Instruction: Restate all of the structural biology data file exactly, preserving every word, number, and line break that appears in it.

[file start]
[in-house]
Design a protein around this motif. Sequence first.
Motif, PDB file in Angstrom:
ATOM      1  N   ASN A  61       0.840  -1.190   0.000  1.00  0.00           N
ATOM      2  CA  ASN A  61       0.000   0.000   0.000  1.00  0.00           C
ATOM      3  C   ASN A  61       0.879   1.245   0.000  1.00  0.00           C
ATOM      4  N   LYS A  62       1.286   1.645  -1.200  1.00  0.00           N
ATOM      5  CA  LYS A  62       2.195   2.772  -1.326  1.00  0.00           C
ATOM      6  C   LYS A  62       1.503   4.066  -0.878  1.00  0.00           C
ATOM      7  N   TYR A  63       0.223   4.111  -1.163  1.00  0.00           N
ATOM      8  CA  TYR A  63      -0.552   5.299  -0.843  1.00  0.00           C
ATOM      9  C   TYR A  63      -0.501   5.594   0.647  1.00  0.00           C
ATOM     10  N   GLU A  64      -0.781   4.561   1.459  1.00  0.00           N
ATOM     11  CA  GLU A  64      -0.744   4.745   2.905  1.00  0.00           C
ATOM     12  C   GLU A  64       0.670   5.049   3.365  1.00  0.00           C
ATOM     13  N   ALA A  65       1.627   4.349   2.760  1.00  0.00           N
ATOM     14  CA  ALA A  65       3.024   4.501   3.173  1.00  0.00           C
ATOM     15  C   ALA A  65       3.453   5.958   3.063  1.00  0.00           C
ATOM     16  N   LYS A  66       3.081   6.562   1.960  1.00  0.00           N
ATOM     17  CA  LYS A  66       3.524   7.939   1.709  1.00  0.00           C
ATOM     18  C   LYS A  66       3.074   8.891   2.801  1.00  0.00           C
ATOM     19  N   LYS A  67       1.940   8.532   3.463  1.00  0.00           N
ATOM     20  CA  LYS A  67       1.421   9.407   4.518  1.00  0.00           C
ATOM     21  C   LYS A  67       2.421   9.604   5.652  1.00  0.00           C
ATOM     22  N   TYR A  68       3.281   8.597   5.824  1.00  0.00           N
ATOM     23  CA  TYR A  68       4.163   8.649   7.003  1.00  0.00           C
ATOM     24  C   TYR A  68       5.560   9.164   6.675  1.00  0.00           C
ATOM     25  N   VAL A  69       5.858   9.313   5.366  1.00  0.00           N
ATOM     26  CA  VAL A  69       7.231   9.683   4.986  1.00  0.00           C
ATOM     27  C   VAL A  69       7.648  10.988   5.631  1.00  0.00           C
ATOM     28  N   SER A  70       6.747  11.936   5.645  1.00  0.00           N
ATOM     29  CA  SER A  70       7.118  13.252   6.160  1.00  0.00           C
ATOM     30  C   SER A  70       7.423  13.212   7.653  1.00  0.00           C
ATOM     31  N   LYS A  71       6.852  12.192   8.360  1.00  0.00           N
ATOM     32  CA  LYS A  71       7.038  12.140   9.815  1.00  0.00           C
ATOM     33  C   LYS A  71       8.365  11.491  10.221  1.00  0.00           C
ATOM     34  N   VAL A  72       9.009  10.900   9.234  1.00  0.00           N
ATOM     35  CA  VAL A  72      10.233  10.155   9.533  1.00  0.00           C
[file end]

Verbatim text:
[in-house]
Design a protein around this motif. Sequence first.
Motif, PDB file in Angstrom:
ATOM      1  N   ASN A  61       0.840  -1.190   0.000  1.00  0.00           N
ATOM      2  CA  ASN A  61       0.000   0.000   0.000  1.00  0.00           C
ATOM      3  C   ASN A  61       0.879   1.245   0.000  1.00  0.00           C
ATOM      4  N   LYS A  62       1.286   1.645  -1.200  1.00  0.00           N
ATOM      5  CA  LYS A  62       2.195   2.772  -1.326  1.00  0.00           C
ATOM      6  C   LYS A  62       1.503   4.066  -0.878  1.00  0.00           C
ATOM      7  N   TYR A  63       0.223   4.111  -1.163  1.00  0.00           N
ATOM      8  CA  TYR A  63      -0.552   5.299  -0.843  1.00  0.00           C
ATOM      9  C   TYR A  63      -0.501   5.594   0.647  1.00  0.00           C
ATOM     10  N   GLU A  64      -0.781   4.561   1.459  1.00  0.00           N
ATOM     11  CA  GLU A  64      -0.744   4.745   2.905  1.00  0.00           C
ATOM     12  C   GLU A  64       0.670   5.049   3.365  1.00  0.00           C
ATOM     13  N   ALA A  65       1.627   4.349   2.760  1.00  0.00           N
ATOM     14  CA  ALA A  65       3.024   4.501   3.173  1.00  0.00           C
ATOM     15  C   ALA A  65       3.453   5.958   3.063  1.00  0.00           C
ATOM     16  N   LYS A  66       3.081   6.562   1.960  1.00  0.00           N
ATOM     17  CA  LYS A  66       3.524   7.939   1.709  1.00  0.00           C
ATOM     18  C   LYS A  66       3.074   8.891   2.801  1.00  0.00           C
ATOM     19  N   LYS A  67       1.940   8.532   3.463  1.00  0.00           N
ATOM     20  CA  LYS A  67       1.421   9.407   4.518  1.00  0.00           C
ATOM     21  C   LYS A  67       2.421   9.604   5.652  1.00  0.00           C
ATOM     22  N   TYR A  68       3.281   8.597   5.824  1.00  0.00           N
ATOM     23  CA  TYR A  68       4.163   8.649   7.003  1.00  0.00           C
ATOM     24  C   TYR A  68       5.560   9.164   6.675  1.00  0.00           C
ATOM     25  N   VAL A  69       5.858   9.313   5.366  1.00  0.00           N
ATOM     26  CA  VAL A  69       7.231   9.683   4.986  1.00  0.00           C
ATOM     27  C   VAL A  69       7.648  10.988   5.631  1.00  0.00           C
ATOM     28  N   SER A  70       6.747  11.936   5.645  1.00  0.00           N
ATOM     29  CA  SER A  70       7.118  13.252   6.160  1.00  0.00           C
ATOM     30  C   SER A  70       7.423  13.212   7.653  1.00  0.00           C
ATOM     31  N   LYS A  71       6.852  12.192   8.360  1.00  0.00           N
ATOM     32  CA  LYS A  71       7.038  12.140   9.815  1.00  0.00           C
ATOM     33  C   LYS A  71       8.365  11.491  10.221  1.00  0.00           C
ATOM     34  N   VAL A  72       9.009  10.900   9.234  1.00  0.00           N
ATOM     35  CA  VAL A  72      10.233  10.155   9.533  1.00  0.00           C